Welcome to the first edition of Flash Points, a new weekly feature that provides a critical overview of cultural trends and developments. The main criteria is the issue of social relevance. We will therefore be covering topics that range from the latest news to new film trailers. Since the issue of ‘relevance’ remains open to interpretation, we also reserve the right to keep our options open. Please feel free to add your own thoughts and comments—your contributions help determine the status of what remains culturally relevant.
Thanks for the Mammaries
Our infantile obsession with breasts recently came to a head again. Time’s May 21st cover predictably resulted in a public outcry. Nothing raises pulses (or sales) like a moral panic conceived in a boardroom and spread on the internet. The magazine’s cover depicts, of course, a 26-year-old MILF breastfeeding her three-year-old son in an unnatural position: standing up and staring our gaze down. The publication date coincided with Mother’s Day weekend and provocatively asked: “Are You Mom Enough?” The small font even provides an answer to its own question: this is the image of a beautiful young woman “driven to extremes”. Instead of being out in the workplace or a singles bar, she is rearing her child as if it’s a full-time commitment. While the cover story was ostensibly about attachment parenting, the cover told a completely different story.
The controversy was really about the adult world’s incapacity to wean itself off the breast —- while simultaneously being in denial about the reasons for its own attachment to it. As these viral videos confirmed around the same time, there is nothing we like more than a woman with generous mammary glands. Corporations will pay good money to have their products associated with them, and grown men will go to strip clubs just to have their faces rubbed in them. The breasts don’t even have to be real—they just have to come in pairs and be attached to a woman. Women have also grown attached to these sign posts of sexuality—some will go out and buy a pair just to be seen with them while others will draw attention to their natural endowments to ensure maximum sex appeal.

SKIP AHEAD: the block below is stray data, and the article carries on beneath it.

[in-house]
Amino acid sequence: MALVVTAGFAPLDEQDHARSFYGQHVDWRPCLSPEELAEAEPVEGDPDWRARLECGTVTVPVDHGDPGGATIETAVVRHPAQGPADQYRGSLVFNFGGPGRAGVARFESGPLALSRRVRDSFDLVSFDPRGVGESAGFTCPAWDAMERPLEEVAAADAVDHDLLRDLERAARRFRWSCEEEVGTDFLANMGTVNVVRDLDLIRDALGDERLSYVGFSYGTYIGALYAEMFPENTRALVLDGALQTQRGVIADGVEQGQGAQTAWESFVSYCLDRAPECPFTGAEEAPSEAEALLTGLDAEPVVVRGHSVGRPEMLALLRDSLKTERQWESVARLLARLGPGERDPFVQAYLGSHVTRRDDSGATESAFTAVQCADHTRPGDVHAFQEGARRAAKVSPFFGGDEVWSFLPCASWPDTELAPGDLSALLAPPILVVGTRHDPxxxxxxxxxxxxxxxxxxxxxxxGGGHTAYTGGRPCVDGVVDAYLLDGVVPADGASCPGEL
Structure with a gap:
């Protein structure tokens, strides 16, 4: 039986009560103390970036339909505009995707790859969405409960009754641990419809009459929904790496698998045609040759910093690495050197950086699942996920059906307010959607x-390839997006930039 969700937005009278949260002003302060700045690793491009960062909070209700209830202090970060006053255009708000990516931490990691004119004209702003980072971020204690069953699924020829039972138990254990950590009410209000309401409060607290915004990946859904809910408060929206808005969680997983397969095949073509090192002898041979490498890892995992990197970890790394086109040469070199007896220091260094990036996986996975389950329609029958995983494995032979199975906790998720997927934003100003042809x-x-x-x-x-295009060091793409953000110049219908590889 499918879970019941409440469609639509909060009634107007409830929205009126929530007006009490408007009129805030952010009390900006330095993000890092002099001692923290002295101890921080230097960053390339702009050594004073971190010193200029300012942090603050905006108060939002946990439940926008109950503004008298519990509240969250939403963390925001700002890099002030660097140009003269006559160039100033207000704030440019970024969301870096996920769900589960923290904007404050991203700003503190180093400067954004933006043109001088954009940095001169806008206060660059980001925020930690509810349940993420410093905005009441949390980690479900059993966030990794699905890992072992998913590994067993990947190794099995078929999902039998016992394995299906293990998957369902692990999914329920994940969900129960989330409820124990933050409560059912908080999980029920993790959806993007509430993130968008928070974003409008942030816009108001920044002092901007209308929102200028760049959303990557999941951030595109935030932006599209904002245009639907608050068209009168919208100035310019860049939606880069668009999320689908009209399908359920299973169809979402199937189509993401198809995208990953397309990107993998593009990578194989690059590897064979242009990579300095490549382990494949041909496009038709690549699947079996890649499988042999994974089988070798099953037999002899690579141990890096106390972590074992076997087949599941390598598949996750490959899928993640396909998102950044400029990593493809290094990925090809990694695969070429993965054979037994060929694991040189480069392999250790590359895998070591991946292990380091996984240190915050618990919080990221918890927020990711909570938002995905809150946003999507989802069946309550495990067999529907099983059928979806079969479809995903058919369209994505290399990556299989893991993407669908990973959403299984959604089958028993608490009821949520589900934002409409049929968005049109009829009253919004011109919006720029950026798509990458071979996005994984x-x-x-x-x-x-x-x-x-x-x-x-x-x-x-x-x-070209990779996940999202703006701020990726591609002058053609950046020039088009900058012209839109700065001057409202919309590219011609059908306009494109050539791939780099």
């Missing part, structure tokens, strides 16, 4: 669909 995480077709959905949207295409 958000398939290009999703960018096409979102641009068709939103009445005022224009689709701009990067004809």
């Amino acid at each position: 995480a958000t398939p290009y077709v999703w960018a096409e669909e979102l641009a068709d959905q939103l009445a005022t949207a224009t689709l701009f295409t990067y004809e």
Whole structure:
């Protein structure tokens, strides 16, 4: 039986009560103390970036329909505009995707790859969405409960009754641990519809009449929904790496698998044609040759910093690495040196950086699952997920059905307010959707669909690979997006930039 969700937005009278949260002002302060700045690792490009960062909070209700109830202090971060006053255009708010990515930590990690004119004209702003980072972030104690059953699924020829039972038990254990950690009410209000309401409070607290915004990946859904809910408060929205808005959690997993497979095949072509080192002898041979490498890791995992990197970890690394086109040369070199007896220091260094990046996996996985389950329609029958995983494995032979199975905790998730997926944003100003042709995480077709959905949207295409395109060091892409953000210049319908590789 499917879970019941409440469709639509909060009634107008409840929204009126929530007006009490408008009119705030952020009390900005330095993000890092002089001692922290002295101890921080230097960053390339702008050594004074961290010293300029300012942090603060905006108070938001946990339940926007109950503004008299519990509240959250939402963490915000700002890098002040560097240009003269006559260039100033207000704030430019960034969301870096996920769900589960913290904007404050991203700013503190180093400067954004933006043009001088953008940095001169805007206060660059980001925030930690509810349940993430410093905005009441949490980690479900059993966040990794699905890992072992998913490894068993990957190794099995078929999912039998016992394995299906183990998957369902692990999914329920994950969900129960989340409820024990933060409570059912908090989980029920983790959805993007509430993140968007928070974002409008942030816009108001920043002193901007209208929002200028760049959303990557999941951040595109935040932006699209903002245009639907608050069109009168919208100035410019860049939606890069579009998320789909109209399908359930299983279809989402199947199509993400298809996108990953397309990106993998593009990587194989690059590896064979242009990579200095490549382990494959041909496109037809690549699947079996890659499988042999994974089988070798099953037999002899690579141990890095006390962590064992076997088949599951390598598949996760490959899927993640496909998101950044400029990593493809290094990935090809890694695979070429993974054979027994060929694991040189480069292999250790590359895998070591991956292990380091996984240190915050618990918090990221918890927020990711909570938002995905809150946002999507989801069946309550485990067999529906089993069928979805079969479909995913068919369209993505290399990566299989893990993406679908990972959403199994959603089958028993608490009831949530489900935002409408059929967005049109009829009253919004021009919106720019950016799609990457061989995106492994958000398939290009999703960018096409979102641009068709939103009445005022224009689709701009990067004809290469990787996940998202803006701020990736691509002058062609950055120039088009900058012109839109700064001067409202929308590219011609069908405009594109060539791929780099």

The Time cover’s transgression was that it reminded us why we go to such lengths to objectify them (and women) in the first place. They’re not mere sex objects or playthings—they’re a source of nourishment and bonding. Time merely laid bare one of reasons for, and consequences of, our own sexuality. Indeed, our culture’s breast fixation appears to be a form of nostalgia, where we all long for our mommies and/or potential mothers.
The State of Marriage
There might be a threat to the institution of marriage, but it’s not coming from the gay community. As heterosexuals have become increasingly cynical and disillusioned, many homosexuals are lining up to enter this broken institution. The irony is that people traditionally excluded from such a fine establishment (and marginalized within their own families) now rank amongst its most vocal defenders and torch bearers. Gay support is helping to secure marriage’s foundations and fortify the fortress of established family values. So when the “first gay president” (sic) (to quote the latest Newsweek cover) recently declared his support for same-sex marriage, it was viewed as a major turning point. Unlike Newsweek, however, we mustn’t be so quick to put a rainbow colored halo above Obama’s head.
The former constitutional lawyer has merely offered moral support to couples where gay marriage is already legal and he is not “committed to making same-sex marriage a right protected by the Constitution” (Lyle Denniston, “The Fine Print”, 10 May 2012). Obama’s declaration ensures that inalienable natural rights remain subject to cultural constraints and variation. Same-sex marriages can technically break down if the couple crosses a border. Never mind the in-laws, gay married couples risk becoming ‘outlaws’ (illicit and outside the realm of the law). The President’s personal endorsement is obviously not without moral significance: he bravely entered the fray by encouraging democratic states to work out its own principles.